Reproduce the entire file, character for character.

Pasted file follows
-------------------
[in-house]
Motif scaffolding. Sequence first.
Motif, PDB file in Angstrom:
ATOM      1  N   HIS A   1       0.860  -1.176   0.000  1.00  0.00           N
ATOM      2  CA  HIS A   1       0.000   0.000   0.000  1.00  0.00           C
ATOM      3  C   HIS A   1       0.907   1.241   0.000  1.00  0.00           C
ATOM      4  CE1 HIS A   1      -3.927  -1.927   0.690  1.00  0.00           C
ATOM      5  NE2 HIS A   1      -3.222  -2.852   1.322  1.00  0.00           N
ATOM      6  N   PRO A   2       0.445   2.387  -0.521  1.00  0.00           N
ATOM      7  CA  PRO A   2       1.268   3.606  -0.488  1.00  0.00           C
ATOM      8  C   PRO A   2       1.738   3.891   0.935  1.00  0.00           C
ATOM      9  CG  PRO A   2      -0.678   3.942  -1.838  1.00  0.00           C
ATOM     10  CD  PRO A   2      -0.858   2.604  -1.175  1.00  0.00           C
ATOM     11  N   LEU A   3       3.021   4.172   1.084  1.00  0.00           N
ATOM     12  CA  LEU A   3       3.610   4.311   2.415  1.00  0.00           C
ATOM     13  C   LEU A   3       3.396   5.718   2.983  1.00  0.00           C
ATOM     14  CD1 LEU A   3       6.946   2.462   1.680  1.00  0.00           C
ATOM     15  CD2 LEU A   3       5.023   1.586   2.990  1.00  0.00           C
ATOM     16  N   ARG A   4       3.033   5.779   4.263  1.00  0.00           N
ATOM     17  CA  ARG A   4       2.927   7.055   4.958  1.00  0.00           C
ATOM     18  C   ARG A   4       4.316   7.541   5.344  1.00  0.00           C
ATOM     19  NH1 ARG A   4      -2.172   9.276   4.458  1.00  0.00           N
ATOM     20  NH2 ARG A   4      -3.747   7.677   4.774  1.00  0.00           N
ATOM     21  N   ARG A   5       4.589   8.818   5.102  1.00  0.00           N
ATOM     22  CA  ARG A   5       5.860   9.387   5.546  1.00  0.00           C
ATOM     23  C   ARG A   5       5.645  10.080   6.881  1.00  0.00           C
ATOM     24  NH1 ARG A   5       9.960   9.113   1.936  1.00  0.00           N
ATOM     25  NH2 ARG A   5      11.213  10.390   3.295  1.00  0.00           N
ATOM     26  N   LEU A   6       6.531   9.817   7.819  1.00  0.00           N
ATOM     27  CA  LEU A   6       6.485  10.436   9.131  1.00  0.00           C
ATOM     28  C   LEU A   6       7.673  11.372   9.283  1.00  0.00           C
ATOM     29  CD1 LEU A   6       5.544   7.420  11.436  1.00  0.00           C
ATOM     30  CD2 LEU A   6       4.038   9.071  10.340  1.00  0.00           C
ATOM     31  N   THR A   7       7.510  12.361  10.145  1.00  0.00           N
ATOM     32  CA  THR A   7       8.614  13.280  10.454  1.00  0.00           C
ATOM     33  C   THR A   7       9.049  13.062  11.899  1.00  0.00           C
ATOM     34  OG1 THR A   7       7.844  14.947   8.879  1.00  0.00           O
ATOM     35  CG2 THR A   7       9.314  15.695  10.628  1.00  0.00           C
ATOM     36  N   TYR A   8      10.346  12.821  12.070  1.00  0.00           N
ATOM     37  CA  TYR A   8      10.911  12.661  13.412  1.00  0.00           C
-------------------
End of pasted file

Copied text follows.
[in-house]
Motif scaffolding. Sequence first.
Motif, PDB file in Angstrom:
ATOM      1  N   HIS A   1       0.860  -1.176   0.000  1.00  0.00           N
ATOM      2  CA  HIS A   1       0.000   0.000   0.000  1.00  0.00           C
ATOM      3  C   HIS A   1       0.907   1.241   0.000  1.00  0.00           C
ATOM      4  CE1 HIS A   1      -3.927  -1.927   0.690  1.00  0.00           C
ATOM      5  NE2 HIS A   1      -3.222  -2.852   1.322  1.00  0.00           N
ATOM      6  N   PRO A   2       0.445   2.387  -0.521  1.00  0.00           N
ATOM      7  CA  PRO A   2       1.268   3.606  -0.488  1.00  0.00           C
ATOM      8  C   PRO A   2       1.738   3.891   0.935  1.00  0.00           C
ATOM      9  CG  PRO A   2      -0.678   3.942  -1.838  1.00  0.00           C
ATOM     10  CD  PRO A   2      -0.858   2.604  -1.175  1.00  0.00           C
ATOM     11  N   LEU A   3       3.021   4.172   1.084  1.00  0.00           N
ATOM     12  CA  LEU A   3       3.610   4.311   2.415  1.00  0.00           C
ATOM     13  C   LEU A   3       3.396   5.718   2.983  1.00  0.00           C
ATOM     14  CD1 LEU A   3       6.946   2.462   1.680  1.00  0.00           C
ATOM     15  CD2 LEU A   3       5.023   1.586   2.990  1.00  0.00           C
ATOM     16  N   ARG A   4       3.033   5.779   4.263  1.00  0.00           N
ATOM     17  CA  ARG A   4       2.927   7.055   4.958  1.00  0.00           C
ATOM     18  C   ARG A   4       4.316   7.541   5.344  1.00  0.00           C
ATOM     19  NH1 ARG A   4      -2.172   9.276   4.458  1.00  0.00           N
ATOM     20  NH2 ARG A   4      -3.747   7.677   4.774  1.00  0.00           N
ATOM     21  N   ARG A   5       4.589   8.818   5.102  1.00  0.00           N
ATOM     22  CA  ARG A   5       5.860   9.387   5.546  1.00  0.00           C
ATOM     23  C   ARG A   5       5.645  10.080   6.881  1.00  0.00           C
ATOM     24  NH1 ARG A   5       9.960   9.113   1.936  1.00  0.00           N
ATOM     25  NH2 ARG A   5      11.213  10.390   3.295  1.00  0.00           N
ATOM     26  N   LEU A   6       6.531   9.817   7.819  1.00  0.00           N
ATOM     27  CA  LEU A   6       6.485  10.436   9.131  1.00  0.00           C
ATOM     28  C   LEU A   6       7.673  11.372   9.283  1.00  0.00           C
ATOM     29  CD1 LEU A   6       5.544   7.420  11.436  1.00  0.00           C
ATOM     30  CD2 LEU A   6       4.038   9.071  10.340  1.00  0.00           C
ATOM     31  N   THR A   7       7.510  12.361  10.145  1.00  0.00           N
ATOM     32  CA  THR A   7       8.614  13.280  10.454  1.00  0.00           C
ATOM     33  C   THR A   7       9.049  13.062  11.899  1.00  0.00           C
ATOM     34  OG1 THR A   7       7.844  14.947   8.879  1.00  0.00           O
ATOM     35  CG2 THR A   7       9.314  15.695  10.628  1.00  0.00           C
ATOM     36  N   TYR A   8      10.346  12.821  12.070  1.00  0.00           N
ATOM     37  CA  TYR A   8      10.911  12.661  13.412  1.00  0.00           C